Belfast Telegraph

Action plea over young suffering rare diseases

Rare but Equal was this year’s theme for Rare Disease Day at a church in east Belfast last Monday.



A discussion afternoon for families affected by rare diseases was held at Heyns Hall in St Mark’s Church on the Holywood Road.

Rare diseases are 80% generic in origin and 50% of people affected are young children.

For families in Northern Ireland who have children with these illnesses the constant struggle is unimaginable.

Unfortunately, adequate specialised facilities are extremely limited in this part of the UK.

Terry Hoey, whose grandson suffers from x-linked lymphoproliferative syndrome (XPL), said: “Northern Ireland hospitals are so behind in rare disease compared to the rest of the UK.

“There needs to be centres of excellence at the Royal and Ulster hospitals to treat children pro-|perly.”

Naomi Long, East Belfast MP and patron of the Terry Hoey trust, said: “An early diagnosis is necessary and local medical expertise.

“The lack of scientific knowledge available to practitioners and the rarity of conditions makes the patient more vulnerable.”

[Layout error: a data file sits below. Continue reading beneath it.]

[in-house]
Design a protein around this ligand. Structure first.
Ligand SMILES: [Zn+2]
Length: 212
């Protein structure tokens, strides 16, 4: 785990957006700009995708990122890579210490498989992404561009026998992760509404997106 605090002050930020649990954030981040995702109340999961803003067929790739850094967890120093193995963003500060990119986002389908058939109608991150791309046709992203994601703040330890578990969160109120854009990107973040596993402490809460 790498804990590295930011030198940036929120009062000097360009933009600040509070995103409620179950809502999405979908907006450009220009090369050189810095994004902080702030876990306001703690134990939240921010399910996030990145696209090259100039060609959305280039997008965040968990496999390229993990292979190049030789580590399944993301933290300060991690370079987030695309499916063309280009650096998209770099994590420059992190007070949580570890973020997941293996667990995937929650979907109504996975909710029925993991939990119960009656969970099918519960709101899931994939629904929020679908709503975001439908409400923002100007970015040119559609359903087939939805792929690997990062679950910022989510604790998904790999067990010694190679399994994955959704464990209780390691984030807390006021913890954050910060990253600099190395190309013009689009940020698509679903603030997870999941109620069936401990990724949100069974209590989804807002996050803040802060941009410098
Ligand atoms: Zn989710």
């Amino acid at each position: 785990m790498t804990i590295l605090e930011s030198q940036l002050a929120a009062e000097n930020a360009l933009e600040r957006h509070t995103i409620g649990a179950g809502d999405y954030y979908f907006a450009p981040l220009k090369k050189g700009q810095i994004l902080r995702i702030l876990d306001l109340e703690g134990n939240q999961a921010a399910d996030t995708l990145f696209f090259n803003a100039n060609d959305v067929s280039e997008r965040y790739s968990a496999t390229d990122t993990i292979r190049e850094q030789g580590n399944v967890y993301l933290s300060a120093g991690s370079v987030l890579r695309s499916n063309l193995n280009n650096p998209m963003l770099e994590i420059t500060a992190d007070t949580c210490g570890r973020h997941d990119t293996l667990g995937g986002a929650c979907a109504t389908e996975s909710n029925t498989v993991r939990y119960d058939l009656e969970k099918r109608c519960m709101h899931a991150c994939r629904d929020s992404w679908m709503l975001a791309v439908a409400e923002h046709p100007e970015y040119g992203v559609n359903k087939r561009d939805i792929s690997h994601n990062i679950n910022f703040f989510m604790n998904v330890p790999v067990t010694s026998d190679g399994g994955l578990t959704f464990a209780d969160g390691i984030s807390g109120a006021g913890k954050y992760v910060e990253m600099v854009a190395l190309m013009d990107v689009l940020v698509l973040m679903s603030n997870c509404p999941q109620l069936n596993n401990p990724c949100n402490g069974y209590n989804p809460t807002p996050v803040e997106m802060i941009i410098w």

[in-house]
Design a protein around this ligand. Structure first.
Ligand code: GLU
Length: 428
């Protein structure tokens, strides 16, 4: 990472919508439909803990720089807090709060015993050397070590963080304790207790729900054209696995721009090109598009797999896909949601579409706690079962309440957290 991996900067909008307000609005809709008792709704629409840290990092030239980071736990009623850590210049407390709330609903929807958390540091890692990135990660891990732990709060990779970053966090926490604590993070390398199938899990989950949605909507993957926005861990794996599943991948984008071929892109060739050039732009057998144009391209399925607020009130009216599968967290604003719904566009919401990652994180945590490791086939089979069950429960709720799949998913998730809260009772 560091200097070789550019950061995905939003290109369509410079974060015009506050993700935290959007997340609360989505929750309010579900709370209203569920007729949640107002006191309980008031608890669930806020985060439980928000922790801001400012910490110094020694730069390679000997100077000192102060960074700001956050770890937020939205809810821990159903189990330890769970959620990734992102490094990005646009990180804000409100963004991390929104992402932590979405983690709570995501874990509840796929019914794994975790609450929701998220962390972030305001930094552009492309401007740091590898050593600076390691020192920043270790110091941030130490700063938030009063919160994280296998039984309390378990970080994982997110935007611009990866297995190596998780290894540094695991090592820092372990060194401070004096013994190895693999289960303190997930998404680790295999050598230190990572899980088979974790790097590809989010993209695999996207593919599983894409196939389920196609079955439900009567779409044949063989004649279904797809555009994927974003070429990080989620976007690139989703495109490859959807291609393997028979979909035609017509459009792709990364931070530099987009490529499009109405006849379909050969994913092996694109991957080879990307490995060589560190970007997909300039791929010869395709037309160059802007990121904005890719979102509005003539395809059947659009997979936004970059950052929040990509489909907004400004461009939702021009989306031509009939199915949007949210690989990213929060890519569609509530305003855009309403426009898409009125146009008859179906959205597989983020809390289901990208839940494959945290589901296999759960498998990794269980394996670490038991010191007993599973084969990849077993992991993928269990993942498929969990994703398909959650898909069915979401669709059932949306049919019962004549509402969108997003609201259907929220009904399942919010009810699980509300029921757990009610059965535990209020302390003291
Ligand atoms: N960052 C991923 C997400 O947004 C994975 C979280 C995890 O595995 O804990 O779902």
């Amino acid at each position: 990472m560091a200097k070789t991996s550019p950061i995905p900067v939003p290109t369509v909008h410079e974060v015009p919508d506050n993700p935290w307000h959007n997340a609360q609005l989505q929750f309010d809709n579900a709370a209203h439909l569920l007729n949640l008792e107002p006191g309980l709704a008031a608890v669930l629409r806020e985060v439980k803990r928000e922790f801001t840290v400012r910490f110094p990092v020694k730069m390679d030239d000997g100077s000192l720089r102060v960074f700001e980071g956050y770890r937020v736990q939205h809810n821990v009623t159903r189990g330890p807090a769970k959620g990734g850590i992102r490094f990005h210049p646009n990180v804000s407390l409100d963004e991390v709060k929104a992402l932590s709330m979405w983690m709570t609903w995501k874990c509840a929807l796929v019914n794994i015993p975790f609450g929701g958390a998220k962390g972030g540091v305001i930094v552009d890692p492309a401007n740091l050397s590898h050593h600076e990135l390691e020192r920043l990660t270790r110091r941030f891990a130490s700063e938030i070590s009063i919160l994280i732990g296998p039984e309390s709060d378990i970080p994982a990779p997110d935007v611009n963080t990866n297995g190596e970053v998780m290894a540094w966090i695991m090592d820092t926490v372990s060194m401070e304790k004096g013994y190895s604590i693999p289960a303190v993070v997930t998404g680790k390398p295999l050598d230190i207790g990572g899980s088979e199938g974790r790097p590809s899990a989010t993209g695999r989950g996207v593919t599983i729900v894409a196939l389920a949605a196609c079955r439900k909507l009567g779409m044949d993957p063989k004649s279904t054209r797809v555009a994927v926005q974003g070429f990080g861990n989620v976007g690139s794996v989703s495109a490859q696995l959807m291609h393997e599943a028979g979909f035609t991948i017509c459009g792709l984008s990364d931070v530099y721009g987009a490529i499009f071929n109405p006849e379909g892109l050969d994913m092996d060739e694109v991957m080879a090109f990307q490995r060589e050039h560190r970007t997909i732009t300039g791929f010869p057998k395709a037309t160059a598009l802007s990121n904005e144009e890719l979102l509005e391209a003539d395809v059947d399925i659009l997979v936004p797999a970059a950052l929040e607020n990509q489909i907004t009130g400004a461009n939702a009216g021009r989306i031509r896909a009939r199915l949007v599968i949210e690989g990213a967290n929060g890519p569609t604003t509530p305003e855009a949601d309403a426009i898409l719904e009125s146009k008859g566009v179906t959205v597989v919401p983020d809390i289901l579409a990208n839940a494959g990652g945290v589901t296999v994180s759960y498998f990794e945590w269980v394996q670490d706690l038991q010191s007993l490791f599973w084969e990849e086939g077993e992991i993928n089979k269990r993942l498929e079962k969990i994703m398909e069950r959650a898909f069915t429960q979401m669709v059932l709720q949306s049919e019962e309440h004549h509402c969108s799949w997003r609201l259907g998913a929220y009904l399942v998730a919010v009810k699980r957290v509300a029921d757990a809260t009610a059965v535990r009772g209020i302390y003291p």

Mrs Long highlighted the importance of Mr Hoey's work in achieving and building a support network here.

“There needs to be a voice in the health system and a voice in the corridors of power.

“We need to build up a database of people affected to make their voice heard so families do not have to battle through it themselves.”

There is a huge burden in Northern Ireland for parents who have to travel up to 90 miles for their child to receive treatment in Belfast.

Cecilia Milburn from CLIC Sargent, which supports children with cancer and their families, said: “There needs to be a home- from-home available for families in hospital.

“Families need support right from the diagnosis.”

East Belfast Independent MLA Dawn Purvis said: “Budgets get skewed and focused on certain areas.

“Resources tend to be focused and by their very nature rare diseases tend to be at the bottom of the pile for research and medical and surgical treatments because the population of people with rare diseases is so small.”

Regarding the expected £113 million cut to the health budget, Ms Purvis said: “I think unfortunately what will go first is the preventative stuff.

“Due to the way things function the money has to go on dealing with crisis. Preventative medicine and research will work in the long run and it is crucial for me to be aware that the little services are still there.”

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